Day 5 - whilst practicing Vipassana and body scanning I had begun exploring internally and found I could slow my heart rate down voluntarily to unfathomably slow rates and enter into what I perceived to be a sort of state of hibernation. By the evening I was able to go extremely deep and feel blood flow dissolve throughout my body right down into my little toes the left slightly before the right. During the evening meditations I had incredibly clear flow states and was able to feel a seemingly incredible level of detail both on the surface and within my body including blood flow dissolving into organs etcetera. Feeling extremely calm, I had expected to go to bed and sleep super well but almost as soon as my head hit the pillow I began getting heart arrhythmias and chest pains. I had similar sort of symptoms 16 years before when I was 21 and over the course of two years was diagnosed with fibromyalgia of my heart tissue. That went away when I was ~24 and I haven't really had it ever since, but suddenly it had seemingly come back. I spent the entire night on the verge of waking up the course manager to go to hospital but refrained and finally slept right around the time the gong went off and had to miss the initial morning session. At lunch on Day 6 I asked the teacher about the unpleasant heart feelings and he explained that it was probably fairly normal (particularly given my history of the problem) and that I was probably beginning to experience the after affects of the release of some deep Sankharas and that this was likely affecting my body in some unusual ways afterwards. He also suggested a Chinese acupressure point on my wrist to help calm my heart down and throughout the rest of the course I found this extremely helpful if I experienced anymore unusual/unpleasant heart sensations/ arrhythmias  - using the acupressure point he suggested seemed to make the feelings dissipate within a few minutes every time I needed it.

Day 6 and 7 were spent exploring the depth of Vipassana further and I experienced 2 or 3 long sittings where the pain culminated in white light and the experience changed into something completely different with the pain dissipating into feelings hard to describe. Through days 5, 6 and 7 I had intense visuals akin to strong psychedelic experience - visuals often returning to similar themes, which after speaking to the teacher I tried hard to stay equanimous and not interpret in any way (the final 3 days of the course most of these visuals had ended). By day 7 I had an almost continual pressure behind my nose and forehead and down into my jawline. I found that the area around the nose and forehead could help the interoception/ proprioception of soft tissues throughout my body with my heart acting as a sort of echo locator and sensors in my nose/ forehead picking up the signal. Likewise my jawline would pick up the same but from hard tissues like bone and sternum etc... Even in-between meditations these feelings would only soften but not dissipate completely and I found that when I pressed/pinched soft tissue somewhere the pressure in my hose/ forehead area would increase instantly and likewise if I pressed somewhere like my sternum for example a intense feeling of pressure would light up under my top teeth. These feelings became stronger and stronger and I was almost continually feeling distortions/ twitching/ movement in my face even between meditations and lying in bed at night.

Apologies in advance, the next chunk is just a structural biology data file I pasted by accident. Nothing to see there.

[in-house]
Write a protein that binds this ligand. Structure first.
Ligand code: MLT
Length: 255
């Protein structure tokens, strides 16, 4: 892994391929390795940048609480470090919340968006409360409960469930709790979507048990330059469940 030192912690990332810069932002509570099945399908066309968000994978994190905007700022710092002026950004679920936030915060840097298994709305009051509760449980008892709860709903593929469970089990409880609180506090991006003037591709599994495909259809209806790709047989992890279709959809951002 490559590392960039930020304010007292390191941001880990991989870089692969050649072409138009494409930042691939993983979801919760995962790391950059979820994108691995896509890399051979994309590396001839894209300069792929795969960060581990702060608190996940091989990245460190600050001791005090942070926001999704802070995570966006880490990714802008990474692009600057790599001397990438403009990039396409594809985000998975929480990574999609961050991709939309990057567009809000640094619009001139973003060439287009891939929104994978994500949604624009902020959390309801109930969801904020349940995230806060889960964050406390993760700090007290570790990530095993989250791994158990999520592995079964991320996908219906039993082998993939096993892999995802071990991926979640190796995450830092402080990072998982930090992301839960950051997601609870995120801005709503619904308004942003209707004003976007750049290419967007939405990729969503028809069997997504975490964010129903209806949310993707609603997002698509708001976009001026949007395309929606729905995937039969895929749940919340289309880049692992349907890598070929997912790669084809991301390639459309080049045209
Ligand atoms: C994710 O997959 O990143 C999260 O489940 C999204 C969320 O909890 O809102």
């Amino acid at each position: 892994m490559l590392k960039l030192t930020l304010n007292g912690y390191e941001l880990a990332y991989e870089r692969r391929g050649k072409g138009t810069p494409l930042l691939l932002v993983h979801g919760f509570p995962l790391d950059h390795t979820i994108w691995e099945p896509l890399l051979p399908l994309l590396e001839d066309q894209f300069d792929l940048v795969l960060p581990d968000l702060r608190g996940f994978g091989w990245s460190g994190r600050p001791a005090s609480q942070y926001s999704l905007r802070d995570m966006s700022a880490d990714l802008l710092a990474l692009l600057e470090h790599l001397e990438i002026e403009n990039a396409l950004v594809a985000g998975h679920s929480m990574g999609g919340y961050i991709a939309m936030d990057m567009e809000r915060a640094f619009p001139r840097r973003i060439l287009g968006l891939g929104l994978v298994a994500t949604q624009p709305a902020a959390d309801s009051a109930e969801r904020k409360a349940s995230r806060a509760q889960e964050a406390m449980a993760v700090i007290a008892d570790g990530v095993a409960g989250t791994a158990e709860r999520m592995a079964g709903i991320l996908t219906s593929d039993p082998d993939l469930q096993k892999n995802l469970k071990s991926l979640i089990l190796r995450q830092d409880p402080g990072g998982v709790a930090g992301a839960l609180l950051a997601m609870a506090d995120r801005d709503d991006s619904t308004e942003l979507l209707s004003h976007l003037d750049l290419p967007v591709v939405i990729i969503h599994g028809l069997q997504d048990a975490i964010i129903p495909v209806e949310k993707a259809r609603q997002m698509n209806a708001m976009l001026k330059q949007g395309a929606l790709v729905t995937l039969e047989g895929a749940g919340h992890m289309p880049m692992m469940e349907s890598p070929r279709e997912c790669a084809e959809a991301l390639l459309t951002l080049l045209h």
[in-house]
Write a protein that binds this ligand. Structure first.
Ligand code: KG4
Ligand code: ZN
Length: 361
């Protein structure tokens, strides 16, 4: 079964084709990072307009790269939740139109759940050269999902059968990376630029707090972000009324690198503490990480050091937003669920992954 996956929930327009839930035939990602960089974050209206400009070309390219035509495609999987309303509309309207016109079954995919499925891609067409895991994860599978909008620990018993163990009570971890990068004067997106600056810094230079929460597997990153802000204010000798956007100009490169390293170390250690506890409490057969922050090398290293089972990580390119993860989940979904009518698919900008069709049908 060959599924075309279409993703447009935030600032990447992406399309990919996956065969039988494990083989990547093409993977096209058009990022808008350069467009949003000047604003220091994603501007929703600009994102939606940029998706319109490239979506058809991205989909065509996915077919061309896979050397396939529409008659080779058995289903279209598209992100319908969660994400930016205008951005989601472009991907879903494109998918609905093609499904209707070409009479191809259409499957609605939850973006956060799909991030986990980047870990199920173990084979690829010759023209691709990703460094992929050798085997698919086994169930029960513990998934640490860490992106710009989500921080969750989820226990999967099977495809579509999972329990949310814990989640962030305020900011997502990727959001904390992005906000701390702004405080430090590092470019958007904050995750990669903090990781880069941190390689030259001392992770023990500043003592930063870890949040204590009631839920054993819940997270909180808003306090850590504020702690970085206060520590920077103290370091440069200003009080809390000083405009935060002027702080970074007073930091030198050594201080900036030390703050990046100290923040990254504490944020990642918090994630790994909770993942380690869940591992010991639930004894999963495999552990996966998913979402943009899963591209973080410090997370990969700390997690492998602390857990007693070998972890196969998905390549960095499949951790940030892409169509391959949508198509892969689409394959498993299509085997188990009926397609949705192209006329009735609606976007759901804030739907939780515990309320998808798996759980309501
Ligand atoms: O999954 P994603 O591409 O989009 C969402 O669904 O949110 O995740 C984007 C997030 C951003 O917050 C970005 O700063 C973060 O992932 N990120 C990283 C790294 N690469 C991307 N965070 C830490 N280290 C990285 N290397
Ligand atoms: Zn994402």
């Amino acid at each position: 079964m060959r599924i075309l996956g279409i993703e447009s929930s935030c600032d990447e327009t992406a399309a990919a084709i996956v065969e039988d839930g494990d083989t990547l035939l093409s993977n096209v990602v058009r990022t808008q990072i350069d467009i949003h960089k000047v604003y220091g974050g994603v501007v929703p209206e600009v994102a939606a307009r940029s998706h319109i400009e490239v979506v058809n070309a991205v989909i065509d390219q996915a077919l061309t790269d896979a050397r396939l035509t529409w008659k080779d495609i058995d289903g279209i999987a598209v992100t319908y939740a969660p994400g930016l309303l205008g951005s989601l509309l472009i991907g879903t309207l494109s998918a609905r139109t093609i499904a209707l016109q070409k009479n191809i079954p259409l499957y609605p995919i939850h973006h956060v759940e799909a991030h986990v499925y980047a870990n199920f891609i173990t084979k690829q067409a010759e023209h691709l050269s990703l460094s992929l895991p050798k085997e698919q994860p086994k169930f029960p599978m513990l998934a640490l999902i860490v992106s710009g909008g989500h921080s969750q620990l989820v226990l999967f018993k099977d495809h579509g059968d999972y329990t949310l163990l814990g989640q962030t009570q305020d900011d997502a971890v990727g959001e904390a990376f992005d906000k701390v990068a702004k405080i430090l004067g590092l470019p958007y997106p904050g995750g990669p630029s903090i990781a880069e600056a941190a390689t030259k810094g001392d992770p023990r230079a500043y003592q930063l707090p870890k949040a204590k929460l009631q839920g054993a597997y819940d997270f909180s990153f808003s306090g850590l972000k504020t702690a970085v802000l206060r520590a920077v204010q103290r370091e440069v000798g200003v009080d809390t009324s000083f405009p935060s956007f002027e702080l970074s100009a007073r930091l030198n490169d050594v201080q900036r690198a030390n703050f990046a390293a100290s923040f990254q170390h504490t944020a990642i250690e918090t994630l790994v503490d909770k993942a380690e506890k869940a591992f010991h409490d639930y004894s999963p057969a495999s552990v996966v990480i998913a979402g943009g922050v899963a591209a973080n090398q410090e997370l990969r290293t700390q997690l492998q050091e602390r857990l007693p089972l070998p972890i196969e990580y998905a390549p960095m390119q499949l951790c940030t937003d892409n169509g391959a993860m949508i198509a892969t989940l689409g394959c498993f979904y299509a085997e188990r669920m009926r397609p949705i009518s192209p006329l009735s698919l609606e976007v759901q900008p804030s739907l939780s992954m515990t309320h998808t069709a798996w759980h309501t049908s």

By Day 8 I had lost the ability to sense any body sensations below my head. The feelings in my head were simply too strong and too distracting to allow my senses to perceive anything lower down and all of the flow I had had earlier on in the course had gone. I was continually feeling very intense facial distortions. I asked the teacher about this over lunch and he told me to stay equanimous and stay with the feelings. In the first session after lunch I sat through an hour of very very intense facial distortions; feelings of someone/ an energy walking down stone steps within my face; writing letters inside my skull; teeth twisting in their sockets; my jaw being pulled to one side as far as it will possibly go etc... many very unpleasant gross sensations. After Goenka Ji's chanting had ended I continued and the session culminated in an energy pulling my head right back so I essentially had my chin pointing at the ceiling for 20 minutes with the facial distortions continuing throughout. Finally this was broken by thunder & lightening right over the meditation centre and the sound of children in the nearby kindergarden shouting, screaming and laughing at the noise. I found this pretty funny given the circumstance and my laughing released the energy holding my neck and as my head came forward my amusement turned instantly into the most intense outpouring of grief I have ever experienced in my entire life. I was literally heaving collapsed forward with my head on the floor for 20mins sobbing uncontrollably for no consciously known reason. Finally this subsided, I slowly came back to my senses and as I left the Dhamma hall I felt a huge sense of release (and also confusion).